C. Jay: Again, I think it’s a question of labels. It’s okay to be extraordinary if that’s really what you are. But if you are not, it’s okay to be ordinary too. In the movie, the kid whose parents are disappointed by his average report card goes from being a happy kid to feeling like damaged goods, because of a label. It’s the same with gays and the labels we want for ourselves. We think we’re second-class citizens if we can’t call our relationships ‘marriages’. It’s the same thing. Do you need society to recognize you as extraordinary in order to feel good about yourself? I know lots of straight couples who have been together for years and aren’t married. But they know the value of their relationship. They don’t need the label ‘marriage’ to validate it.
Guy: I tend to think that gay people and straight people have been sort of heading in opposite directions. It used to be that there were very few options for gays to be open about their sexuality or to have sort of settled relationships, so you had the anonymous sex thing and a lot of secrecy. Whereas for straights, it was the opposite problem. Marriage was the only valid kind of relationship you could have. You weren’t even supposed to have sex unless you were married. So I think maybe we are sort of meeting in the middle, where it’s okay for straight people not to get married and it’s also okay for gays to have long-term monogamous relationships.
C. Jay: Or maybe we are on a collision course and we’re just going to crash in the middle!
Guy: Maybe! But I think gay lifestyles can open things up for straight people. I know a woman here in Tokyo raising a daughter with a former partner of hers, and she said that her sister – who is straight and unmarried – didn’t think she could have children until her sister and her partner did. And then it was like, ‘Well, if they can do it [as lesbians], why can’t I [as a single woman]?’
C. Jay: Yeah, sure. Again, we get so hung up on these labels. I mean, I grew up in cowboy country, where men were men. But you know, I went to this diner in my home town again recently, and there are all these pictures on the walls of miners, cowboys – from like 100 years ago. And, you know, they clearly portray something like a gay relationship. They have these little captions that say things like, ‘Lifetime riding partners.’ I mean, men outnumbered women 50 to 1 in the old west, so it’s not unlikely that some of them were gay.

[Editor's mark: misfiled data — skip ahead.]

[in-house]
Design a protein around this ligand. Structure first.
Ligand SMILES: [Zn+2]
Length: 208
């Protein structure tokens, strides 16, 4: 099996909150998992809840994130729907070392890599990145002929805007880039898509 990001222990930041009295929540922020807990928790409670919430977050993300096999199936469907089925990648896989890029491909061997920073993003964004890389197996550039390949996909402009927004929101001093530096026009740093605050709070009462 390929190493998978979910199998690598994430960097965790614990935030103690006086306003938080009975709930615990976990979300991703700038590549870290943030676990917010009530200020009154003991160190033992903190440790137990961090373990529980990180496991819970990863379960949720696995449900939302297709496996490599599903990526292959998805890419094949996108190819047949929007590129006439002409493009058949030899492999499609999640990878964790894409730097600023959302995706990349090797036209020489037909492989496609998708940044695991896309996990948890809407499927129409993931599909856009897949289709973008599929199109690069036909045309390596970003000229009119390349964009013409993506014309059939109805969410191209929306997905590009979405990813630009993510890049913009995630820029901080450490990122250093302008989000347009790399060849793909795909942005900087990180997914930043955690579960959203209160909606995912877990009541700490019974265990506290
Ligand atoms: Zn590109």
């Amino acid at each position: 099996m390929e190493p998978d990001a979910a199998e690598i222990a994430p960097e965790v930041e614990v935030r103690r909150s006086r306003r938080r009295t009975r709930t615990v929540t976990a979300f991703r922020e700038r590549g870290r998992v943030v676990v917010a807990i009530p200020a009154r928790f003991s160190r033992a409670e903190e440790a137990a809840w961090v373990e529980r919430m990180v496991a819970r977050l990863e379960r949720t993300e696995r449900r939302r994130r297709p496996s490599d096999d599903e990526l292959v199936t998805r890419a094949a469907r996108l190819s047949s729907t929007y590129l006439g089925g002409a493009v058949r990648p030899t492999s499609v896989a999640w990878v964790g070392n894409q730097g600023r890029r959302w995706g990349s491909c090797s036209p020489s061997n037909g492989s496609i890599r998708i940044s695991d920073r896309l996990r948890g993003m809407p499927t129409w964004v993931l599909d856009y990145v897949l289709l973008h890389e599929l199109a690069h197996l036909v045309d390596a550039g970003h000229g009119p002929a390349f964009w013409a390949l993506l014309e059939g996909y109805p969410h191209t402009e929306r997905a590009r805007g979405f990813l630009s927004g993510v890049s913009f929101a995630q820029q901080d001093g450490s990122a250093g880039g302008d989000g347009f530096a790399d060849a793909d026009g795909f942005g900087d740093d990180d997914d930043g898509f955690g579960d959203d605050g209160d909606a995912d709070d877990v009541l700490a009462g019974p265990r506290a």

Guy: There is an American academic who collects those photos, and did a book about it called ‘Dear Friends’[:American Photographs of Men Together 1840-1918, edited by David Deitcher].
C. Jay: Right. I know that book. Or, take the Mormon thing. You put 19-year-old boys together in pairs of two, send them out together for two years, they are not allowed to have any contact with women, they are supposed to be together 24 hours a day. It’s perfect training for being in a gay couple! And once a week you have a ‘companionship evaluation’ meeting where you are supposed to talk about your feelings for each other. It’s like date night. Then you close with a prayer and reaffirm your love for one another. This is what I went through, and it was the most homoerotic period of my life!
Most of those guys were terribly straight! But still you saw them rubbing each others knees and being very physically affectionate with each other.
Guy: You see the same thing in schools here. But I think it’s because homosexuality is still far enough below the radar that it doesn’t register as queer. I mean, you see outrageous gay people on TV; everyone knows gay people exist. But I don’t think the average person here has accepted yet that the person next to them – their friend, fellow student, or co-worker – might actually be gay. So there is a lot of freedom for boys to be affectionate with each other. Plus, there is such a barrier to socialization between the sexes, even in co-ed schools, that I think boys have to get affection from each other because there is nowhere else to get it.
C. Jay: I have a 13-year-old son, and we are very affectionate with each other. But sometimes, it is more satisfying to wrestle or play fight than to hug each other. I think that’s just the way boys are.
Guy: Well, that’s the way young male animals play with each other.
C. Jay: His mother is much more uptight about this than I am. He’ll be inside all day doing something quiet and creative, and then he’ll just want to throw a punch at me or something. His mother thought he needed to be in therapy, but you know roughhousing is just what boys like to do.
It’s kind of incredible that straight relationships ever work, because men and women are so different. I know lots of straight guys that, aside from sex, really have no interest in or use for women. They would rather work on their cars, watch sports, hang out with their buddies – anything but spend time with women.
Guy: At the same time, though, I think that as gay people become more visible, straight men have to police their sexuality more closely. I gather that in the Arab world, again, homosexuality is so under the radar, that there is a lot of freedom for men to be affectionate with each other, because it is not read as queer. But I think Japan is kind of right on that edge, and that as queer visibility increases, a lot of the nice affectionate stuff that you see between boys here will start to get shut down.
C. Jay: Yeah, straight guys are wary of anything that might be perceived as gay. My son is junior high-school aged, and at that age anything you don’t like or that’s uncool is ‘gay’.
Guy: Do his peers know that his father is gay? This can’t be all that uncommon in Los Angeles?
C. Jay: Yeah, no, it’s not. He sort of has to find something else to be embarrassed about!
Guy: How about having a dad that makes movies? I guess that’s not that uncommon either.
C. Jay: Yeah, for him it just means he has to come to meeting sometimes and be really bored.
Guy: Did you always want to have kids, or did you think you had to choose between fatherhood and living as a gay man?
C. Jay: Yeah, I sort of grew up with that assumption, that it was one or the other – being a dad or being gay. But as it worked out, I didn’t have to choose.
So there you go. Add being an upstanding, responsible dad – to the point of being unembarrassing! – to C. Jay’s growing list of credits. We wish him well with ‘Chilled in Miami’ and ‘Three’, and look forward to seeing him again this coming weekend, when ‘Kiss the Bride’ screens for a second time at this year’s festival, with its two stars in attendance. Maybe we’ll have to quiz C. Jay on what he’s learned about Japan from his 3-day jaunt to Kyoto and Hiroshima. Stay tuned!